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Enid Blyton - when I started to believe in fairies...

Enid Blyton - when I started to believe in fairies...

Do you believe in fairies? My little tribe is of the firm belief that fairies, dragons and unicorns are all areal. Utterly, totally convinced. We have a fairy garden in the back yard for the fairies to live in or just take a break on their way to very important business. Little L and Captain Jack believe that every living creature has feelings, trees, snails, bugs... We talk about magical creatures as though they are every bit a real as a cat or a dog.  The kids reason, just because you haven't seen these mystical critters does not mean they don't exist. It just means that they are very good at hiding. And why not? Since humans can be pretty nasty sometimes to living creatures. This wholehearted belief in magic and fairies casts a lovely glow of wonder over our home. Treasures are created and left for our little friends in the garden. 'Signs' are seen every day, tiny footprints, little flashes of light, shimmering reflections... I have been asked why we indulge these beliefs, why don't we teach the kids what is REAL? It's simple really. Because my little tribe believe it to be both real and true. So why should I question or dismiss what the kids believe in? In their creative little minds, their beliefs are both real and true. For me that is as good a reason as any to believe in fairies. Do you believe in fairies at your place? Enjoy xx
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How to tackle homework with tears (gorgeous stationery like this from kikki k may help!)

How to tackle homework without tears (gorgeous stationery like this from kikki k may help!)

Growing up, I don't remember homework being a big deal. It was more a case of racing through it as quickly as possible so I still had time to get outside and ride my bike or play Monkey Magic (sorry to anyone born after the 80's - you may not get that one - I was always Sandy by the way, and we made my little sister play the part of Pigsy, yep she still hasn't forgiven us!). Oh how times have changed!  With four kids, we run the full gambit of approaches to homework: from 'no homework policy' through to rote learning of spelling, violin practice, occupational therapy, and school readiness (am not sure that even existed when I was a kid!). It's a bit tricky though to know when you are about to cross the line between helpful parent and hovering stress machine... So today I thought I'd share a couple of tips/ tricks I've learnt along the way:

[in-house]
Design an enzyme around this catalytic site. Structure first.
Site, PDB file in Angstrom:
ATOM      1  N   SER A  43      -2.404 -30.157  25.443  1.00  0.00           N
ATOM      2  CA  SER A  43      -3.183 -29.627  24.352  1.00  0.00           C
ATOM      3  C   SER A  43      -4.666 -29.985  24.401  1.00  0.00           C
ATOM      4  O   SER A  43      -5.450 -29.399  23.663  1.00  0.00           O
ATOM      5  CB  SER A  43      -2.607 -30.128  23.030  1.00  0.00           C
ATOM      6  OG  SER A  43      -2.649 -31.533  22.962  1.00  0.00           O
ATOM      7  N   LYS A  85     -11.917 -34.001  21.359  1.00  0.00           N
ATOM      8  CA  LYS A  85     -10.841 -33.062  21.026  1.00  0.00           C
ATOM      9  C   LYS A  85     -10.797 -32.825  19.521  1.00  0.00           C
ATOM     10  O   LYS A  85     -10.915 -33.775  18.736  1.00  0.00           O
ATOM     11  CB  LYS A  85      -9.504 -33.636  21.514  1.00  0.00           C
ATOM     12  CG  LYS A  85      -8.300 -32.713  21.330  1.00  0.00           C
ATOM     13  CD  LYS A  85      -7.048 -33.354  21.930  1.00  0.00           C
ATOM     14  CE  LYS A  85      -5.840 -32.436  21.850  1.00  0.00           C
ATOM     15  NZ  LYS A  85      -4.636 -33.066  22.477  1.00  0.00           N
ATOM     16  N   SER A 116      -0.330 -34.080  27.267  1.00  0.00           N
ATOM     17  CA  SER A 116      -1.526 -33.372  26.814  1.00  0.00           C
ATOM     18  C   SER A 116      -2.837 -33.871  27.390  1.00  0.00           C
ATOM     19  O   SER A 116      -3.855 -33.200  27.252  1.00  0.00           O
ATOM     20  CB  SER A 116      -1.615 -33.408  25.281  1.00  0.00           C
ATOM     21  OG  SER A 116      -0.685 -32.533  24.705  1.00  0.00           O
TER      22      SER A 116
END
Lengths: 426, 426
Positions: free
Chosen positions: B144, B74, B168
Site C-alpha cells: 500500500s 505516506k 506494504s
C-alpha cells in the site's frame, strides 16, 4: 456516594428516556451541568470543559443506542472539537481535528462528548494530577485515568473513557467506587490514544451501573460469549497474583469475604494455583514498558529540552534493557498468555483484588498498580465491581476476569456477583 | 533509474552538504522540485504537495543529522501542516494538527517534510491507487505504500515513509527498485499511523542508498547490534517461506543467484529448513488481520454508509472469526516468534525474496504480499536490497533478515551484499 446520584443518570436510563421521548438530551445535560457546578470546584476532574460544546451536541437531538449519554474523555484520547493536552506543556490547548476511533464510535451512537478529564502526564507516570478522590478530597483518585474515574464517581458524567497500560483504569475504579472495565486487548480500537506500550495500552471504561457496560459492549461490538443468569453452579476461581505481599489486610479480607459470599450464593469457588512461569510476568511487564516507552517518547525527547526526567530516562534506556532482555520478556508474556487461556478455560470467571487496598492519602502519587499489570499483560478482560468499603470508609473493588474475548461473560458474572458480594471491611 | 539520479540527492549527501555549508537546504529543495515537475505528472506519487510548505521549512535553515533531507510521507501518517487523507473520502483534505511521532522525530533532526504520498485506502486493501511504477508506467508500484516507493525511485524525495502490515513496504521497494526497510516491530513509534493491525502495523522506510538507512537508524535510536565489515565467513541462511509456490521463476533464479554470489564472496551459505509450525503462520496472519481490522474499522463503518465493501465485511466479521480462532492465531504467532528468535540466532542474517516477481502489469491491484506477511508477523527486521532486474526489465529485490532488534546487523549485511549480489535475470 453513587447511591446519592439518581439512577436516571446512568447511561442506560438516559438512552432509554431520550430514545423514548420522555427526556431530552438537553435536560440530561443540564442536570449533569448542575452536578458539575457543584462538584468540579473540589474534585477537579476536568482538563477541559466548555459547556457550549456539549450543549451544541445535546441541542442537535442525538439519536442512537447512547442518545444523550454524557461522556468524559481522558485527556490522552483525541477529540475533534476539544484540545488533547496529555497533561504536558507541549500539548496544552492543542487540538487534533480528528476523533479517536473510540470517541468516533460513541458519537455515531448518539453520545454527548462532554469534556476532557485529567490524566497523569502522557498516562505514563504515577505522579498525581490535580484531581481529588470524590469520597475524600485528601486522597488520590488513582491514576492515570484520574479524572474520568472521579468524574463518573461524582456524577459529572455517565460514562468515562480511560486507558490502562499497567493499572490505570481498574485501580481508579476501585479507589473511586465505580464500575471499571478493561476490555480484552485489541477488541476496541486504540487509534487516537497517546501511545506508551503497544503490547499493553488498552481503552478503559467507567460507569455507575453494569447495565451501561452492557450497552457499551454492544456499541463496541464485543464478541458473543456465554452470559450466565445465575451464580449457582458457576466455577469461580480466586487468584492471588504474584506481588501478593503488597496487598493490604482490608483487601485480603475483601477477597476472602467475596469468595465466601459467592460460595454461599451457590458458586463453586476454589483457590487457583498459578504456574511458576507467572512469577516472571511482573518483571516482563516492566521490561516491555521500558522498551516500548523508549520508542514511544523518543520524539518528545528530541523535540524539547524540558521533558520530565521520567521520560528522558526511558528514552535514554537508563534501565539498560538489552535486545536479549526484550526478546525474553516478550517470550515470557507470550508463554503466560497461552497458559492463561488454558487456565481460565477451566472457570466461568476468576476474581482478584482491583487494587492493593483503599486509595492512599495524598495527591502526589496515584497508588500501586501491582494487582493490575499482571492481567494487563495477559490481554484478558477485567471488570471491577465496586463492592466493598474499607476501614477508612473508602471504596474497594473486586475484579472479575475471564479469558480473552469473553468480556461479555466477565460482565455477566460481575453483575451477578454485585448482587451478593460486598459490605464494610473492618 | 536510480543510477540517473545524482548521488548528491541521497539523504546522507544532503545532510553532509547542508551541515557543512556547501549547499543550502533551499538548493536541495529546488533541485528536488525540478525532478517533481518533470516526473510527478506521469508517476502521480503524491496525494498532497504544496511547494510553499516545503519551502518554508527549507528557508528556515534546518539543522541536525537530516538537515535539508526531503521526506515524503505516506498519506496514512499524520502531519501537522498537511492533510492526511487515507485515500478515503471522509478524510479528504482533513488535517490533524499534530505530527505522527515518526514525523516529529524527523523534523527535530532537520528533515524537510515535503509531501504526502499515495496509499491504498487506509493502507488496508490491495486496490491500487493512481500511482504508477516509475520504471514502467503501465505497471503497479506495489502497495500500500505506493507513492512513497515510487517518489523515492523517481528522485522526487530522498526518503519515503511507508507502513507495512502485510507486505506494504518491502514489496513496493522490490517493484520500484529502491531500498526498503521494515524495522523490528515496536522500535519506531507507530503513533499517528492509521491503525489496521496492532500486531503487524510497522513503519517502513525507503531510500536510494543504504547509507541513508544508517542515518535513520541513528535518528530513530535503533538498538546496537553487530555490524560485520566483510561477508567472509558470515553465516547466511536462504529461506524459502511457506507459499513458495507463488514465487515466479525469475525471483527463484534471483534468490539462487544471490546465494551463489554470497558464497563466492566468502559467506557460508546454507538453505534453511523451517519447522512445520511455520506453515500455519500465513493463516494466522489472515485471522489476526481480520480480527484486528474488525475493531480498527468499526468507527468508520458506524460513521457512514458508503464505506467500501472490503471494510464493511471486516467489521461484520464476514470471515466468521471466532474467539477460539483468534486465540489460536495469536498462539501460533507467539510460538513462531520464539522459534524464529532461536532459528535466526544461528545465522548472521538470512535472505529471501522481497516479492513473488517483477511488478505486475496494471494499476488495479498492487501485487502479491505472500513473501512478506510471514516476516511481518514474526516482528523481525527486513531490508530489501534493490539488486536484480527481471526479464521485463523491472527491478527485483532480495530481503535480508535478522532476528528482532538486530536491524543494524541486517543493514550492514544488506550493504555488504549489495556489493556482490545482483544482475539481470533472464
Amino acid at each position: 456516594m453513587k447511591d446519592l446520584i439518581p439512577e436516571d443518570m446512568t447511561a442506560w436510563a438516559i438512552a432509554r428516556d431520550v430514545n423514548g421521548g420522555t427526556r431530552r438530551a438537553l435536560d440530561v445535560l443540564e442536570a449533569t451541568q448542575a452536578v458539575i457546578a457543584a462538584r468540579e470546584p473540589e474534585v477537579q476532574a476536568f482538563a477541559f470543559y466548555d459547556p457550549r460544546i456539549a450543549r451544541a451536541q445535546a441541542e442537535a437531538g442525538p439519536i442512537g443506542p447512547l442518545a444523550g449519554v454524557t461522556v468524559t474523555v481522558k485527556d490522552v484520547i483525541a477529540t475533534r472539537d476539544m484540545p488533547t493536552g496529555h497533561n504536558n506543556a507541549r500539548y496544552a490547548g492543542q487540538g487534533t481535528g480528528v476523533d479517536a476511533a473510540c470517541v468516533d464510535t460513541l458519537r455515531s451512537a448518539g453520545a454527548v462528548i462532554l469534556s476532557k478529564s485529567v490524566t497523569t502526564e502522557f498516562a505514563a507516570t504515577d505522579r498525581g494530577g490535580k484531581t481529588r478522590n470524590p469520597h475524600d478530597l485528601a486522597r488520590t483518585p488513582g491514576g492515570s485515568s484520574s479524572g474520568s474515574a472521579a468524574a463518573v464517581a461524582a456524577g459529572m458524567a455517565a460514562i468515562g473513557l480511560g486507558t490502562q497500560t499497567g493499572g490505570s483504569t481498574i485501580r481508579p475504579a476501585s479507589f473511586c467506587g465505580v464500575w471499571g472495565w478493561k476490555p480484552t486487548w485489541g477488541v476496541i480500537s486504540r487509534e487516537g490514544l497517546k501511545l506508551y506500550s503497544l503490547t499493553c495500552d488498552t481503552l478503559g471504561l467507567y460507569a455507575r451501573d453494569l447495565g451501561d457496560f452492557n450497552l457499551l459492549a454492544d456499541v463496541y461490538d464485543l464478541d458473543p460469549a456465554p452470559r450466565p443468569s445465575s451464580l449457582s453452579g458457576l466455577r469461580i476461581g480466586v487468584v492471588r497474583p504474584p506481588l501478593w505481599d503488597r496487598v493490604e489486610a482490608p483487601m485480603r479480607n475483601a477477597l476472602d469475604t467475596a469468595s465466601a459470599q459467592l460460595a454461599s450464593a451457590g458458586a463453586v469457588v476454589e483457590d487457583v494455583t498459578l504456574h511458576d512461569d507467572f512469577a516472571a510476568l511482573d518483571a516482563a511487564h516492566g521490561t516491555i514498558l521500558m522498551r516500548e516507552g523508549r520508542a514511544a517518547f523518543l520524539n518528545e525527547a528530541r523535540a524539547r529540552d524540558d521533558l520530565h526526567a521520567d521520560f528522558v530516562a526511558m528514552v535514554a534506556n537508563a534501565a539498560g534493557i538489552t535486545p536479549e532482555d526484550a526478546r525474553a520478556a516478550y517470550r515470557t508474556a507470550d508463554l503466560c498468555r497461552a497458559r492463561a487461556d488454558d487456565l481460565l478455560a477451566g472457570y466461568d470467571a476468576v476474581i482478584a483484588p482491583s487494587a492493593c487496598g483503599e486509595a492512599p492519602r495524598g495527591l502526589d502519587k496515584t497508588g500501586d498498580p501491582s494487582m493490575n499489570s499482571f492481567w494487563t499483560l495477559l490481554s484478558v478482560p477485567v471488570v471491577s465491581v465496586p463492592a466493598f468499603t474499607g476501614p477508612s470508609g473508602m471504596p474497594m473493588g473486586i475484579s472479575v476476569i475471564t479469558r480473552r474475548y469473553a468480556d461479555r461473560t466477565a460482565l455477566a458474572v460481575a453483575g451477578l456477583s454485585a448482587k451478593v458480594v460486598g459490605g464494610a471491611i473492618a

• A small amount of time each night beats a BIG night on Thursday.  Captain Jack (Year 2) gets homework each week which is due on a Friday.  So two choices, do a little each night, or have a LONG session Thursday night.We trialled letting him decide the first week of term and the long night at the end of the week was an abysmal failure. He was exhausted, I was exhausted, we were both grumpy and it was like pulling teeth, slowly, with kitchen tongs. Painful.  So, now we do 15-20 minutes every night, and bingo, he's normally finished by Thursday.
  • Get the whole crew involved. My four kids sit down at the same time each night either at our 'homework table' or with the iPad, and all do their 'homework'. Nobody is missing out, and nobody feels hard done by.
  • No TV until the homework session is done. Some nights, this means no TV for the kids.  Sounds harsh, but it's been worth it! Fewer distractions, and calmer kids for homework, dinner and then bath and bedtime.
  • Mix it up. We have the homework/ craft table, stocked with pencils, textas, rubbers, sharpeners, paper, scissors, all ready to go.  Here is a fab website if you really want to go to town on your own  table or get some ideas on how to spruce up your study area. Plus we have an iPad with educational apps to keep the kids interested.
  • Make friends with technology!  Use your iPad, PC or iPod to keep the kids interested and learning.  Here are some great apps to try to we also love Mathletics, reading eggs, literacy planet.
  • Keep it all firm but positive!  Sounds tough, but you have to persevere. Kids like adults get a huge kick of satisfaction and personal pride when they finish a project or do well after practising.  It is worth the effort.  Praise the effort taken and don't be afraid to point out how they could improve.
Have you got any good tips for making homework a little less stressful? Enjoy xx